Science is there to testify the wonders of God. The more bigger we discover the universe to be the bigger our perception should be of God. The more we discover new things the more we should stand in awe of the creativity of God.

God is there whether we like it or not. He loves us and cares for us.

When someone denies theres a God he goes against his own conscience however big or small. Its inevitable. They just go against God just for the sake of arguing, fame and attention.

Against such the best is to avoid arguing. Be guided by the holy spirit and say what u know is right. If they continue going against you, walk away for their words are empty,powerless and meaningless. They are contradicting against their conscience. Thus its a waste of time trying to convince them.

If you continue arguing , ur status will becomes as low as them

But after all is said and done -TRUST GOD


What would you say to

1) the Weak Anthropic principle - basically that we couldn't observe any other universe than the one we are in right now (or a very, very slightly different one) because if things were different, we wouldn't exist to observe it.

2) Multiverse theories - many universes have been created by brane collisions/quantum effects/etc. - given enough time, ours could not help but be created.


D. C. Toedt

David, the Weak Anthropic Principle strikes me as a tautology that offers little or no insight beyond the obvious.

On the subject of multiverse theories: If multiple universes have been generated, and at least one that "works" (ours) has survived, that would be no less likely to be the work of a Creator than the generation of multiple species of living creatures and the survival and reproduction of those species adapted to their environments.

The Rev. Dr. John Polkinghorne points out in one of his books that positing multiple universes still leaves unanswered the question how those multiple universes came to exist in the first place. (Before becoming a late-call Anglican priest in his 50s, Dr. Polkinghorne was a distinguished Cambridge particle physicist who was elected a Fellow of the Royal Society and later knighted.)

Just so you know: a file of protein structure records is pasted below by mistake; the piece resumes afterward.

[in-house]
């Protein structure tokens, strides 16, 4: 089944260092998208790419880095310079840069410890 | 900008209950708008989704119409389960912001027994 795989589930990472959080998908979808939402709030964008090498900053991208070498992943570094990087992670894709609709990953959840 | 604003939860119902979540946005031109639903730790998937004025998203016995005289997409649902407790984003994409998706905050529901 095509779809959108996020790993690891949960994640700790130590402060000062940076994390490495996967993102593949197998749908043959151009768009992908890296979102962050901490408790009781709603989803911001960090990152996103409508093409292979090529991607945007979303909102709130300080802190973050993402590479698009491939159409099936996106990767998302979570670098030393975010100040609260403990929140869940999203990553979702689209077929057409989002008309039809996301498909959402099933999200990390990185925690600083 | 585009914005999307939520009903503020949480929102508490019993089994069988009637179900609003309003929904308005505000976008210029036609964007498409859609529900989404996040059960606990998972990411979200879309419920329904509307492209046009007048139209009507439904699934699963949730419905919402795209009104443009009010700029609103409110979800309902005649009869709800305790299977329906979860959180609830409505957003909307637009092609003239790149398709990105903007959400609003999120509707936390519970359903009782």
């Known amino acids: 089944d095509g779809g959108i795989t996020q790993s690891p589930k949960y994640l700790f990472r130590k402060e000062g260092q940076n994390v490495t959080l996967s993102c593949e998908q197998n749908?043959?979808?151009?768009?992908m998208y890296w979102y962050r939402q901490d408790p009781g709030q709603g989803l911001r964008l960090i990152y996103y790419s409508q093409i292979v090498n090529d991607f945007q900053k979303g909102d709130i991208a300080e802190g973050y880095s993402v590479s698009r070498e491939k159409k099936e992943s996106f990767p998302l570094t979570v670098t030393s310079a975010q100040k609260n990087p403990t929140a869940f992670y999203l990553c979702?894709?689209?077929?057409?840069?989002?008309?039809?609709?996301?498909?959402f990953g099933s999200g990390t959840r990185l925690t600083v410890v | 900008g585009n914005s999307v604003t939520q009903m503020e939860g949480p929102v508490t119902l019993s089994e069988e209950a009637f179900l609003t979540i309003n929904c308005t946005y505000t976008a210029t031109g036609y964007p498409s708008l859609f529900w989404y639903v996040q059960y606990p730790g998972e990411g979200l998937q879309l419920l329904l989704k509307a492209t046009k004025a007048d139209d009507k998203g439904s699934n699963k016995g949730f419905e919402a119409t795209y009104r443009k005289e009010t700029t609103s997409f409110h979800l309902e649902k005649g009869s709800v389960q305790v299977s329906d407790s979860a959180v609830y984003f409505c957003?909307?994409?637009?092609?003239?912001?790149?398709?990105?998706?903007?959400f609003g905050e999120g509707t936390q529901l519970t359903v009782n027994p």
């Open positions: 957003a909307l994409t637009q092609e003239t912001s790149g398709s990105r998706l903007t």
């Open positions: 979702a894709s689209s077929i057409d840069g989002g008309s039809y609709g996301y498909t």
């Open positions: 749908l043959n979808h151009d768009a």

In a sense, those advancing the multiverse speculation have an even bigger challenge than before: They should explain not just how our one known universe came into being, but how all the other posited universes did.

My own view is that the existence of multiple universes would not affect the evidence for the likelihood of a Creator, one way or the other. The Creator might have chosen to create our universe alone. Or "he" might have chosen instead to create many universes, of which ours happens to be one. The latter possibility sounds very similar to creating the human race through evolutionary processes instead of by fashioning a man out of dust and breathing the breath of life into his nostrils (Gen. 2.7). In any case, "it is what it is."

Thanks for commenting.

William Dawson

I disagree. There is no proof in god and there will never be. If you do believe in god than that is your own blind faith, and it falls in the face of science. As improboble as the universe may be. It happened, and we know it happened, and something inproboble can still happen.

D. C. Toedt

William Dawson, if you're looking for proof of the existence of God to a mathematical certainty, totally ruling out any other possibility, then I agree, we're not likely ever to find it.

Your own categorical views strike me as an equally blind faith.

Thanks for visiting.


Arguing that the universe around us is so complex that it must have needed an intelligent designer raises the question of who designed the designer. The designer would need to be more complex than the universe it created. So, who designed the designer?